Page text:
At each of the different sampling sites, the termites were sampled by 3 experienced collectors searching for termites in the soil, litter, dead wood, tree stumps, beneath the bark of trees and termite nests. The sampling unit is a transect of 20m x 100m. Each transect is explored to the end without any prior limitation of sampling time. The collected termites were kept in tubes filled with 70° ethanol with a label bearing the name of the site, the date and the micro-habitat from which the sample was taken. The samples were taken to the Laboratory of Zoology and Terrestrial Invertebrates of the Fundamental Institute of Black Africa (IFAN Cheikh Anta Diop University, Dakar) for identification and conservation.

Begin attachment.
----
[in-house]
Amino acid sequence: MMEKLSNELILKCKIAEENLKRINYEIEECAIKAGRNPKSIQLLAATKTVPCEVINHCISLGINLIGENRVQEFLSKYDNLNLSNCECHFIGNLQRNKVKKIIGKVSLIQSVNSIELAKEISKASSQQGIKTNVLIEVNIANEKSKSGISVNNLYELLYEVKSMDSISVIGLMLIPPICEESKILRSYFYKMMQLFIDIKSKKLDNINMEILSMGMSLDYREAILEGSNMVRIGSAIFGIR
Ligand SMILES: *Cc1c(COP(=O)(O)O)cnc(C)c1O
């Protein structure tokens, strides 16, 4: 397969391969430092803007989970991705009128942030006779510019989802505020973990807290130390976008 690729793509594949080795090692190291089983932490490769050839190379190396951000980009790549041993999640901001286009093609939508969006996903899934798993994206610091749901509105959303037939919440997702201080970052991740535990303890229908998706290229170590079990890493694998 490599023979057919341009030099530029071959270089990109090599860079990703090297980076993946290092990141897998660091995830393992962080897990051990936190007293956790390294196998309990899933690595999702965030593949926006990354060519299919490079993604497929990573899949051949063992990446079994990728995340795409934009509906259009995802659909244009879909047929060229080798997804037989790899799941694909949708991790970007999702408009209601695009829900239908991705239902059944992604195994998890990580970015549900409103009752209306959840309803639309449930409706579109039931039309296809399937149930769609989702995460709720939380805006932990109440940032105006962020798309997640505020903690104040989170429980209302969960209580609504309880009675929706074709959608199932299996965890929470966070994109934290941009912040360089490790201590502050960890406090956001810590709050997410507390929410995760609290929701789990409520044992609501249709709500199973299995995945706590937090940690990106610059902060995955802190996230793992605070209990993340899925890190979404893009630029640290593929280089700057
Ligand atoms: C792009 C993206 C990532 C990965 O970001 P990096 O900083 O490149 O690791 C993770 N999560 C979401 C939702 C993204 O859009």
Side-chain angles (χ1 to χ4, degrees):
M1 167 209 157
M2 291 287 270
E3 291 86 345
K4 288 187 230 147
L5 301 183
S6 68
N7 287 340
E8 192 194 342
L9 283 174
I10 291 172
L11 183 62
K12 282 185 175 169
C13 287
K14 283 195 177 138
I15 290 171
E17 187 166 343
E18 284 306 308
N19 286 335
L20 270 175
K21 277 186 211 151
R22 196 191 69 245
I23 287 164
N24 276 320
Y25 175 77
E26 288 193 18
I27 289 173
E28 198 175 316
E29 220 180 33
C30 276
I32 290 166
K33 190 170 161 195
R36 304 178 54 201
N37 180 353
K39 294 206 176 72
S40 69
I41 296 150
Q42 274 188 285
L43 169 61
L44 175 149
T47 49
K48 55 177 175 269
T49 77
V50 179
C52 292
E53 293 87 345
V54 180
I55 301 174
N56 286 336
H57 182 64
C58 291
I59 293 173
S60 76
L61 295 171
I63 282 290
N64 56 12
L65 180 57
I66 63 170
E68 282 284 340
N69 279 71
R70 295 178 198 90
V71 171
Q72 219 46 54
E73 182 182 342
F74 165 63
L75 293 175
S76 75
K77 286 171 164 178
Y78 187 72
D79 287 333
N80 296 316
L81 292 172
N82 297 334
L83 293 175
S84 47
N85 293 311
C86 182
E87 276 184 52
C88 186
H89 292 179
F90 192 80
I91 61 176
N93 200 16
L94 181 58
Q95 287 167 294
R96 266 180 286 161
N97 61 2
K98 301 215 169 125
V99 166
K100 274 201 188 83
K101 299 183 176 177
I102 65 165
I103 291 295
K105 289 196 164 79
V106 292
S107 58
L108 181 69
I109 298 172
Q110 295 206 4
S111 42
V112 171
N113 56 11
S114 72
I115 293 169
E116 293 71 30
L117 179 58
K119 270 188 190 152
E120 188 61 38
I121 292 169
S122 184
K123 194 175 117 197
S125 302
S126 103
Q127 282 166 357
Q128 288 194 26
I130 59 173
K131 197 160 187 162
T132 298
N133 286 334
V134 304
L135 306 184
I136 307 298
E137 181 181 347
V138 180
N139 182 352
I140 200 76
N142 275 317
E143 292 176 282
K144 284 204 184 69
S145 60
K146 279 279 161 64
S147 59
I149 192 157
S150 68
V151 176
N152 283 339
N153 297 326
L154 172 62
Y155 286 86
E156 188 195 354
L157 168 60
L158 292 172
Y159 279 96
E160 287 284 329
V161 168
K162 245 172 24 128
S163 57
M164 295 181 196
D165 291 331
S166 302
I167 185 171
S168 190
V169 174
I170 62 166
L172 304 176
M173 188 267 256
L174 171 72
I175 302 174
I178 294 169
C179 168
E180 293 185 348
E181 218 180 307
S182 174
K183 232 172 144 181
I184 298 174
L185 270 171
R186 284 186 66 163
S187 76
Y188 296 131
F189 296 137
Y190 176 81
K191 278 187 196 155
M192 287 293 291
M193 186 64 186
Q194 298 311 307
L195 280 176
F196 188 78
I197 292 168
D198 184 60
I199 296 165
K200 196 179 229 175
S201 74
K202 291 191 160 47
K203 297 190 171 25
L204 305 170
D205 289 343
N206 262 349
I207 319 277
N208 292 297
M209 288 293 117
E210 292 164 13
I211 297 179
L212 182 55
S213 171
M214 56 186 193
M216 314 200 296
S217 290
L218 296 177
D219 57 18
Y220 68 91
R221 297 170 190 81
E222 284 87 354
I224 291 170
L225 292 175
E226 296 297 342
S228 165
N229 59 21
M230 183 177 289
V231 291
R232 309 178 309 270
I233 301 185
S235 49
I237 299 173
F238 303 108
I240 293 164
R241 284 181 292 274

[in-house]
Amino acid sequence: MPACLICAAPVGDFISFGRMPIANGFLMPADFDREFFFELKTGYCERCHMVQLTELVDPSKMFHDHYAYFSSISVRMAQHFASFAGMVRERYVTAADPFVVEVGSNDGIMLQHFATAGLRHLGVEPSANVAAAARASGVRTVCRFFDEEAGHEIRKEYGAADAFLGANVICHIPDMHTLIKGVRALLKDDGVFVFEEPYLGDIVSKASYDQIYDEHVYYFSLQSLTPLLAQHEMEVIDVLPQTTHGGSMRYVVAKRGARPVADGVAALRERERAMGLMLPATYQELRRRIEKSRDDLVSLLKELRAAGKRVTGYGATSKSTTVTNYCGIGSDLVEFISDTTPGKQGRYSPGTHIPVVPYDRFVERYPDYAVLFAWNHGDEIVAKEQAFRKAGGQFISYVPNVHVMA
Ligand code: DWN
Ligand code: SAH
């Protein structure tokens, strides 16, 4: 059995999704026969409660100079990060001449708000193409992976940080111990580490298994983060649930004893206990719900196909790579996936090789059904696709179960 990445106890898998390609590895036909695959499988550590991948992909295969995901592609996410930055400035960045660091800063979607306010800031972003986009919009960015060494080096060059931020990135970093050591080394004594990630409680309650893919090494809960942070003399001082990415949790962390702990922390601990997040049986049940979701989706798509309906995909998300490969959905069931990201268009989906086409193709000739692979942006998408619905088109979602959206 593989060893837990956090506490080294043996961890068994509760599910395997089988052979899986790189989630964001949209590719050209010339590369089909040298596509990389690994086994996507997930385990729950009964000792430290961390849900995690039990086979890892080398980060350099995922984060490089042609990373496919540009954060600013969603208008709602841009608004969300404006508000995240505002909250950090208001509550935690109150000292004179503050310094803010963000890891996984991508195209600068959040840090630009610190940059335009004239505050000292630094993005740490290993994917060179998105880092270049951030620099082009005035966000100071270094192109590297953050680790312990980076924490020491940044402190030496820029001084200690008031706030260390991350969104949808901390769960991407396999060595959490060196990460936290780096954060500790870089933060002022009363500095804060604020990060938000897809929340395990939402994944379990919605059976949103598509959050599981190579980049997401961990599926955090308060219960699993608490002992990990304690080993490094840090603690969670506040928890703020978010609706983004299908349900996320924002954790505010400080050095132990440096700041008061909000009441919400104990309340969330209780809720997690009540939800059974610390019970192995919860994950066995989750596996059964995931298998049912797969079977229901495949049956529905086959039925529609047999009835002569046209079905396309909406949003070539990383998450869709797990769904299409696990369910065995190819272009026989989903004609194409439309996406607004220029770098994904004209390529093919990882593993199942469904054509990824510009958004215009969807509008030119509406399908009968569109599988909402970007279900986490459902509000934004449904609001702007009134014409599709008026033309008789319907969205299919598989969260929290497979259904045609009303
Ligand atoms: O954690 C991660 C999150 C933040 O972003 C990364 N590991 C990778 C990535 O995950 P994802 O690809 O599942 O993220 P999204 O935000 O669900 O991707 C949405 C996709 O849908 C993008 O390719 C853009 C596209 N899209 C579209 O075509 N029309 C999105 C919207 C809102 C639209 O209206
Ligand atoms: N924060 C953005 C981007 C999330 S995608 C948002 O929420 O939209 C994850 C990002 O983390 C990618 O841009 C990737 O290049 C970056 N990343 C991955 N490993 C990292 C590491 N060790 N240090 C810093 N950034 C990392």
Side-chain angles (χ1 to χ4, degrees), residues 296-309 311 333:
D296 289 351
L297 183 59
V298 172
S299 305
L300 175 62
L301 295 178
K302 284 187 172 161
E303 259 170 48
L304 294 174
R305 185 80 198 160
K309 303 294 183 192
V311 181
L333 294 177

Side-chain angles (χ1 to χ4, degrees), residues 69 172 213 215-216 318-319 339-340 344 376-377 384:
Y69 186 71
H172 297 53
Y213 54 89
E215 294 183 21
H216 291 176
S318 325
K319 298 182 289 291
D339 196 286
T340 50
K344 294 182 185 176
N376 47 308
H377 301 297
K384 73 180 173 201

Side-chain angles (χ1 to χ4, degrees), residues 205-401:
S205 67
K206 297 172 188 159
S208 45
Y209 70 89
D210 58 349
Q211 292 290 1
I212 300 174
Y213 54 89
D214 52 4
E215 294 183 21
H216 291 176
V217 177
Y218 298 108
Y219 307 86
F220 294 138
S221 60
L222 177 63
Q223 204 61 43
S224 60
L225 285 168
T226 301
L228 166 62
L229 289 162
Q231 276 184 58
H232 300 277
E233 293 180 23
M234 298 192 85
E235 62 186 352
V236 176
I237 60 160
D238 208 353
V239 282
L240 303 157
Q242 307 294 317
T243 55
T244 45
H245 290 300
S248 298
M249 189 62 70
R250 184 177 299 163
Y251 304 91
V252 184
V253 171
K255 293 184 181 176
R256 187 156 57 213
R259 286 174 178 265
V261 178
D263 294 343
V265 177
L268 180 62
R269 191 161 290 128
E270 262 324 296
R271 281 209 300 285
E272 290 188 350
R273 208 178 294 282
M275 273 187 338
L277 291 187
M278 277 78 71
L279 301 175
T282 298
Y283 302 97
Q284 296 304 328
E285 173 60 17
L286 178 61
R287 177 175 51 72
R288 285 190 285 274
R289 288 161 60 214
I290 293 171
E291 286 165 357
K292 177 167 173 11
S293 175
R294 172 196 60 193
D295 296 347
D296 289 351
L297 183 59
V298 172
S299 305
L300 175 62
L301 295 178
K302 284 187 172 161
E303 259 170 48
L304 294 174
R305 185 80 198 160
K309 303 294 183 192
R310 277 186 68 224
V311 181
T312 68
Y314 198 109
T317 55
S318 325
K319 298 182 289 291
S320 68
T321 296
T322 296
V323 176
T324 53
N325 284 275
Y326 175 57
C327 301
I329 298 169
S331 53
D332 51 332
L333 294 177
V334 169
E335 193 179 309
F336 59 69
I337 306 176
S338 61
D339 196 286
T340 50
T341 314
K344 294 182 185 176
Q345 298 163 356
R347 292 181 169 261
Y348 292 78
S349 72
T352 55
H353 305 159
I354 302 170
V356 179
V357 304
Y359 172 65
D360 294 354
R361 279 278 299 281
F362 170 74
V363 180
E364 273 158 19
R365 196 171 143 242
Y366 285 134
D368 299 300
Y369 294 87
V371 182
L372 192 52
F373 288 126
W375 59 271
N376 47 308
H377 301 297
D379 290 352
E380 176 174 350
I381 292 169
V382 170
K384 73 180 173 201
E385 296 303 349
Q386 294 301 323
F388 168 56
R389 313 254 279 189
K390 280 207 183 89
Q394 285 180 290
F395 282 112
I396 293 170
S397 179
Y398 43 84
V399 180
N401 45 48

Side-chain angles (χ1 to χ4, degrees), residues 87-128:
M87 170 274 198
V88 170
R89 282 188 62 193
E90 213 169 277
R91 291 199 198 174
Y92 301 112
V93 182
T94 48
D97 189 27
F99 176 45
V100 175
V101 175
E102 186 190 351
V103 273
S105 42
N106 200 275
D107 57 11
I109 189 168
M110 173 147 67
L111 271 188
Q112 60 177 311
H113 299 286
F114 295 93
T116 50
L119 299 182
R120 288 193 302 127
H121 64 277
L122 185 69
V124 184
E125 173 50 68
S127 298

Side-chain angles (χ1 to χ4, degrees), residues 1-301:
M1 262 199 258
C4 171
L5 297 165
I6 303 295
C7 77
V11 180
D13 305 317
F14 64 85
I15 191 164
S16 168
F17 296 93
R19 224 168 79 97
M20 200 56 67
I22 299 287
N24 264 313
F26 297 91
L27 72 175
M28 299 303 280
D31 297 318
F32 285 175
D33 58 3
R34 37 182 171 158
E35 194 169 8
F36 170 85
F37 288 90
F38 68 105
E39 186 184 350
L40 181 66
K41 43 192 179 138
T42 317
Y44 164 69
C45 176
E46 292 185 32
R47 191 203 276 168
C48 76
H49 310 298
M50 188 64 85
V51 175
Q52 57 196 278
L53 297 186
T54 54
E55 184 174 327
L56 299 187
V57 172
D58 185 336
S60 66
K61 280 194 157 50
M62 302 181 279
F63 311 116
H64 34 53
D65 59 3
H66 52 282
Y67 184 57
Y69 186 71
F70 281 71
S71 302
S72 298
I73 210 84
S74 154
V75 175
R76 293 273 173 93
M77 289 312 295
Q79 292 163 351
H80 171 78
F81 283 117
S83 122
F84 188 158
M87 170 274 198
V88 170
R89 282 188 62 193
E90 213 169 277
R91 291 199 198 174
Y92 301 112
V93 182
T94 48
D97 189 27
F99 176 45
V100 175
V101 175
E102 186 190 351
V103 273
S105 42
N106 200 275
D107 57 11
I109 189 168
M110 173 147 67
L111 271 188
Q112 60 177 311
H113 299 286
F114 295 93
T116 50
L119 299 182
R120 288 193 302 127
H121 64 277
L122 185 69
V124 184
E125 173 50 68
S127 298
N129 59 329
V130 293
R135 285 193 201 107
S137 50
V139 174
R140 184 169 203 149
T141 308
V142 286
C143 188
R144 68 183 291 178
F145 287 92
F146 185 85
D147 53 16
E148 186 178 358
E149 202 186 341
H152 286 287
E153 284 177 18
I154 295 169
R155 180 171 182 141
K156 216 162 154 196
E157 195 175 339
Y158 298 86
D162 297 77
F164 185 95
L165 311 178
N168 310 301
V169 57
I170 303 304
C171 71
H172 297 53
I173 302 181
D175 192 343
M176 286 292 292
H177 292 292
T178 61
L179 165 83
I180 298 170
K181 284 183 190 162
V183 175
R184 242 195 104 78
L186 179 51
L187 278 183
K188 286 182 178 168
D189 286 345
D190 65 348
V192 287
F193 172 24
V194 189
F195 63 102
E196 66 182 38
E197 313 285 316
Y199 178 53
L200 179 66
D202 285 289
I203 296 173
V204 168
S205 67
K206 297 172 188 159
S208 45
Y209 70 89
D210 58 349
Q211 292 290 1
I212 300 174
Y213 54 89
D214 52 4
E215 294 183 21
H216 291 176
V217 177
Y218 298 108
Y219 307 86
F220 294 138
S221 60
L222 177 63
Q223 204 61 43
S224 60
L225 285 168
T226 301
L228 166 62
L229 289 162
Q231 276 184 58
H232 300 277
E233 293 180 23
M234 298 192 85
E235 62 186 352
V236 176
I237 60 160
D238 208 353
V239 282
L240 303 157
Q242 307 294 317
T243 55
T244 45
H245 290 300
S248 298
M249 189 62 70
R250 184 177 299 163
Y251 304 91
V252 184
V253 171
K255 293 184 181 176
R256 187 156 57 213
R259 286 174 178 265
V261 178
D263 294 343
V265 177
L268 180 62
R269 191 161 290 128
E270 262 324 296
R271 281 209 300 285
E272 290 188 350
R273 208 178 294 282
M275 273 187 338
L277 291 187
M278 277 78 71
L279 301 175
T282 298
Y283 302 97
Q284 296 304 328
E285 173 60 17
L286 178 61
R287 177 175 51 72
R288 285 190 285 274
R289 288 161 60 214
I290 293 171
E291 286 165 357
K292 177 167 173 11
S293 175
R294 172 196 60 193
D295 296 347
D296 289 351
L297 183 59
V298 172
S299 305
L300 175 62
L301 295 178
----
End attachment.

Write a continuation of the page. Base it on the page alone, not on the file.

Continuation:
For identification, termites were observed directly under a Leica EZ4 stereomicroscope with an integrated camera connected to a computer. They were compared, whenever necessary, with reference specimens identified by W.A. Sands from the IFAN collection. The works of Silvestri [25,26], Sjöstedt , Emerson (1928) , Grassé [1,29]), Bouillon and Mathot , Roy-Noël  and Sands [32,33] have also been used in the identification of species. The images taken with Leica application suite allow measurements of the length of the head, the width of the head and the length of the left mandible of the soldier. The length of the head, in dorsal view, was measured from the occiput to the base of the labrum. The width of the head corresponds to its greatest width in the dorsal view. The length of the left mandible in dorsal view is measured from the apophysis to the tip.